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What is ResilScience?

I have the privilege of speaking at the 50th Anniversary celebration for the Disaster Research Center at University of Delaware. As part of this event, each speaker was asked to write a 1000 word thought piece that the disaster research community could read and comment on in person and on the DRC’s website. Although my paper is posted on their …

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Power Restoration: What’s Fast Enough?

Have you ever had the power go out at your home or your place of work? I think everyone’s hands go up at this question. What’s the longest you’ve gone without power? You in the back: 13 days?! Wow. Personally, I’ve never gone more than a day. I’ve met the people who restore the power …

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Rolling the Dice to Simulate Resilience

So far I’ve written one or more posts about representing community resilience conceptually (and many other posts), quantitatively (and this one), and visually (and). I haven’t talked about how one might go about algorithmically representing resilience—loss and bouncing back from that loss. None of those other representations allow you to pose “what if” questions and simulate the answers to them. How fast is …

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The Calculus of Community Resilience

Bruneau et al. (2003), as well as many great studies based on their formative ideas, define metrics of resilience based on the area under the curve representing the quality or quantity of some indicator over time. (Technically, they define resilience based on the size of the “resilience triangle” above the curve—see their Figure 1—but the …

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SCIRTing the issue of Canterbury infrastructure recovery

I just returned from a trip to Canterbury, New Zealand as part of a project between the World Bank and EERI, which I mentioned here. The objective of the project is to research how and whether recovery after the February 2011 earthquake reflects the concept of “build back better.” In interviewing stakeholders, we were focused on the three most impacted sectors: …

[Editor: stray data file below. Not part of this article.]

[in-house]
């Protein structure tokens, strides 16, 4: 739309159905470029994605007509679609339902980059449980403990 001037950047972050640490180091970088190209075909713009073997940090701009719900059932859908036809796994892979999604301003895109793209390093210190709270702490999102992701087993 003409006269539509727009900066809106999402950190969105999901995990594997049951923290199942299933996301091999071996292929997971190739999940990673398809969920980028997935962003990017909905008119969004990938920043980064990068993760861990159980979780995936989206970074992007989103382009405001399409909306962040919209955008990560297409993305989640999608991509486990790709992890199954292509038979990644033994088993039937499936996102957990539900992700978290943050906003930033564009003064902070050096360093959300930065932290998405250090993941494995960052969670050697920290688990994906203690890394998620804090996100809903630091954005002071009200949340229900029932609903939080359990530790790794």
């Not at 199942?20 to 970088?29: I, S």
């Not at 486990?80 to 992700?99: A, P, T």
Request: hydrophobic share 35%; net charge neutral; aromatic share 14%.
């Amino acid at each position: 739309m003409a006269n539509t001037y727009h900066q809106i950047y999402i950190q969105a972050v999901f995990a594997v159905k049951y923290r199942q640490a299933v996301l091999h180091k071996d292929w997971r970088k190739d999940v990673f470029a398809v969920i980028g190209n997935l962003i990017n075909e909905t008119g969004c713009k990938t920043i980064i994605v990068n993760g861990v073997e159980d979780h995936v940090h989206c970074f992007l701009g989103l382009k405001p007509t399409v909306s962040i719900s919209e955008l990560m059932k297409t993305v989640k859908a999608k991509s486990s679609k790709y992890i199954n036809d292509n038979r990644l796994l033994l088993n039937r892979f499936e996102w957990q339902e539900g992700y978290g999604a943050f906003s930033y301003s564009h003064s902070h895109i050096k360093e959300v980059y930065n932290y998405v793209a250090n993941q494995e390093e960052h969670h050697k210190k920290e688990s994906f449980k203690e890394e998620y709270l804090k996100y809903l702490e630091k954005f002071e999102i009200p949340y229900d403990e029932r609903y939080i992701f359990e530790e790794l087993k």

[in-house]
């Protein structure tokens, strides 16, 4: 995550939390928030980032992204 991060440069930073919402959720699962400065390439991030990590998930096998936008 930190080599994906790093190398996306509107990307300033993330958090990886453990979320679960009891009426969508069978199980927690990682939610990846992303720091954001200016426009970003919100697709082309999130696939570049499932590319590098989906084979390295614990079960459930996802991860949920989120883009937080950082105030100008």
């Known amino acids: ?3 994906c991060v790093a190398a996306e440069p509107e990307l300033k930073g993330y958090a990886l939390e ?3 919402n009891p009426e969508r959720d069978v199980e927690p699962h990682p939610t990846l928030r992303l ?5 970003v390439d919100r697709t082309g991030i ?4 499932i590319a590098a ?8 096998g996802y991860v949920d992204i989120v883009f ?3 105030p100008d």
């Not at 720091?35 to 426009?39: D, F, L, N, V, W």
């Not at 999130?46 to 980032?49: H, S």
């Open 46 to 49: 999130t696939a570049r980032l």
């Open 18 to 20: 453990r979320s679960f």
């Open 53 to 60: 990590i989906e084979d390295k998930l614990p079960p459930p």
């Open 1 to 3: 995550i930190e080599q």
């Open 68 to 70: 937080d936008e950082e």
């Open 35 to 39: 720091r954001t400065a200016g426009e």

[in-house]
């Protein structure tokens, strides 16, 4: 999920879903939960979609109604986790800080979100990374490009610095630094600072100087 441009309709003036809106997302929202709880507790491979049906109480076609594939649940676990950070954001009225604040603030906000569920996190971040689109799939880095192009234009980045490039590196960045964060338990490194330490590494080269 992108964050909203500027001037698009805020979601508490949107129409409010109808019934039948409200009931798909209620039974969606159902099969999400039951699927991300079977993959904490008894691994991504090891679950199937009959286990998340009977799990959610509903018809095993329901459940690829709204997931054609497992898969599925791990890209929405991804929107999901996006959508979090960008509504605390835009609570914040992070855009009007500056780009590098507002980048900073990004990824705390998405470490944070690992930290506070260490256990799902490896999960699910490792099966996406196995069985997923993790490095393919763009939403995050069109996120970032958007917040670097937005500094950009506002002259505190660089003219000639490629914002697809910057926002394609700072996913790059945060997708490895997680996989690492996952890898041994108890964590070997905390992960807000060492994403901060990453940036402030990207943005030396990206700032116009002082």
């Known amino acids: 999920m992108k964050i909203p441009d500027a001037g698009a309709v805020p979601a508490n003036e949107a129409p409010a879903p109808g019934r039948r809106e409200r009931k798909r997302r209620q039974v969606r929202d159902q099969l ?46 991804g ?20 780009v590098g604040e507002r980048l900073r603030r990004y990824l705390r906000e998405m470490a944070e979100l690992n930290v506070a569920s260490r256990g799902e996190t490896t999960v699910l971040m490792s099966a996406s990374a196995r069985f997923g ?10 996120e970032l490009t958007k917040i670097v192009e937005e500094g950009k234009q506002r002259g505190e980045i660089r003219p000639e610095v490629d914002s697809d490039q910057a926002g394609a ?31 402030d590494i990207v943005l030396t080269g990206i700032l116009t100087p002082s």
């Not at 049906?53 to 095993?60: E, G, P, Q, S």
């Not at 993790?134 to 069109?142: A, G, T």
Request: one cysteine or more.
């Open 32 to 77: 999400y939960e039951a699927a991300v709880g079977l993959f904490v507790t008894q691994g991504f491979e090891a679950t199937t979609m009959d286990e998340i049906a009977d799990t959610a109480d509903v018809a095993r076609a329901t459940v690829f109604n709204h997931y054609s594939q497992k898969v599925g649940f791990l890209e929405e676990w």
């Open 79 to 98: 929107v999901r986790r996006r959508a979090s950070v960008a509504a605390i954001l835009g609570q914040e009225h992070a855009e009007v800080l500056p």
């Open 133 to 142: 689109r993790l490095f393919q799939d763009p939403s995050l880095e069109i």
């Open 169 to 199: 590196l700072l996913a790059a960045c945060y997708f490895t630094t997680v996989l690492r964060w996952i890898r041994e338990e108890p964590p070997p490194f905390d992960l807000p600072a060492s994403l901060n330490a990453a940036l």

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San Francisco’s 1906 Identity Crisis

At the Natural Hazards Workshop this year, Daniel Aldrich gave a keynote talk about his findings from researching correlations between various variables and community recovery from disasters. In particular, he focused on his awesome empirical study of Kobe’s recovery from the 1995 earthquake. (While its not relevant to this post, he found that proxies of social capital had the greatest …

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Speak tweet to power

I am on a plane returning from New Jersey where I was attending a workshop hosted by the Kostas Institute. It was supposed to be a workshop to synthesize lessons on transportation resilience in light of Hurricane Sandy’s impact in New York and New Jersey. Many, if not most, conversations would actually turn to power systems–how …